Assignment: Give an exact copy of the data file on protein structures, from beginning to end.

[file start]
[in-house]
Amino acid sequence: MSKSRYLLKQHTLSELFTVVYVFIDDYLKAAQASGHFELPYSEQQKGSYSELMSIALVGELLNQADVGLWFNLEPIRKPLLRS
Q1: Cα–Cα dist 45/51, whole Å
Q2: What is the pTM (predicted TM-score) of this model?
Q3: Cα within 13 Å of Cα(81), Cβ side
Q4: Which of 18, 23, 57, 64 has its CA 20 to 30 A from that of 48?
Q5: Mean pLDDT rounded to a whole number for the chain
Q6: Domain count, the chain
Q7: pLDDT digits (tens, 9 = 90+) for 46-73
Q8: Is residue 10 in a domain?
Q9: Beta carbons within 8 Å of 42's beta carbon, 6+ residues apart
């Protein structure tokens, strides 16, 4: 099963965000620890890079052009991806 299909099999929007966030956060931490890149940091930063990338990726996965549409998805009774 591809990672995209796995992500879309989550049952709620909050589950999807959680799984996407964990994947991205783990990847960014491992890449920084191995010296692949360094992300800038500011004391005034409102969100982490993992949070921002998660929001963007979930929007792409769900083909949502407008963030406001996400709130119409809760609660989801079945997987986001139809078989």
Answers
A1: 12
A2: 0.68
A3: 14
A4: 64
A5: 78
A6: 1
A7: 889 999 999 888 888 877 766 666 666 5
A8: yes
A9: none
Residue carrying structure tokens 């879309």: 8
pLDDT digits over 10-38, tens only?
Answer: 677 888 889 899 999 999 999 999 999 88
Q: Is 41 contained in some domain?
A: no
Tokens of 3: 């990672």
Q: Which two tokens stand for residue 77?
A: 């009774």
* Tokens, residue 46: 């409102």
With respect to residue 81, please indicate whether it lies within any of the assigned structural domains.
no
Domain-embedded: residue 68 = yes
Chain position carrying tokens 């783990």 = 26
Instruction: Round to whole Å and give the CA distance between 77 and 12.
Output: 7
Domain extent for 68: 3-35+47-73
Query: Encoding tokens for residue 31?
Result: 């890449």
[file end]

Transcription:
[in-house]
Amino acid sequence: MSKSRYLLKQHTLSELFTVVYVFIDDYLKAAQASGHFELPYSEQQKGSYSELMSIALVGELLNQADVGLWFNLEPIRKPLLRS
Q1: Cα–Cα dist 45/51, whole Å
Q2: What is the pTM (predicted TM-score) of this model?
Q3: Cα within 13 Å of Cα(81), Cβ side
Q4: Which of 18, 23, 57, 64 has its CA 20 to 30 A from that of 48?
Q5: Mean pLDDT rounded to a whole number for the chain
Q6: Domain count, the chain
Q7: pLDDT digits (tens, 9 = 90+) for 46-73
Q8: Is residue 10 in a domain?
Q9: Beta carbons within 8 Å of 42's beta carbon, 6+ residues apart
């Protein structure tokens, strides 16, 4: 099963965000620890890079052009991806 299909099999929007966030956060931490890149940091930063990338990726996965549409998805009774 591809990672995209796995992500879309989550049952709620909050589950999807959680799984996407964990994947991205783990990847960014491992890449920084191995010296692949360094992300800038500011004391005034409102969100982490993992949070921002998660929001963007979930929007792409769900083909949502407008963030406001996400709130119409809760609660989801079945997987986001139809078989």
Answers
A1: 12
A2: 0.68
A3: 14
A4: 64
A5: 78
A6: 1
A7: 889 999 999 888 888 877 766 666 666 5
A8: yes
A9: none
Residue carrying structure tokens 């879309």: 8
pLDDT digits over 10-38, tens only?
Answer: 677 888 889 899 999 999 999 999 999 88
Q: Is 41 contained in some domain?
A: no
Tokens of 3: 């990672």
Q: Which two tokens stand for residue 77?
A: 């009774």
* Tokens, residue 46: 């409102």
With respect to residue 81, please indicate whether it lies within any of the assigned structural domains.
no
Domain-embedded: residue 68 = yes
Chain position carrying tokens 């783990």 = 26
Instruction: Round to whole Å and give the CA distance between 77 and 12.
Output: 7
Domain extent for 68: 3-35+47-73
Query: Encoding tokens for residue 31?
Result: 């890449």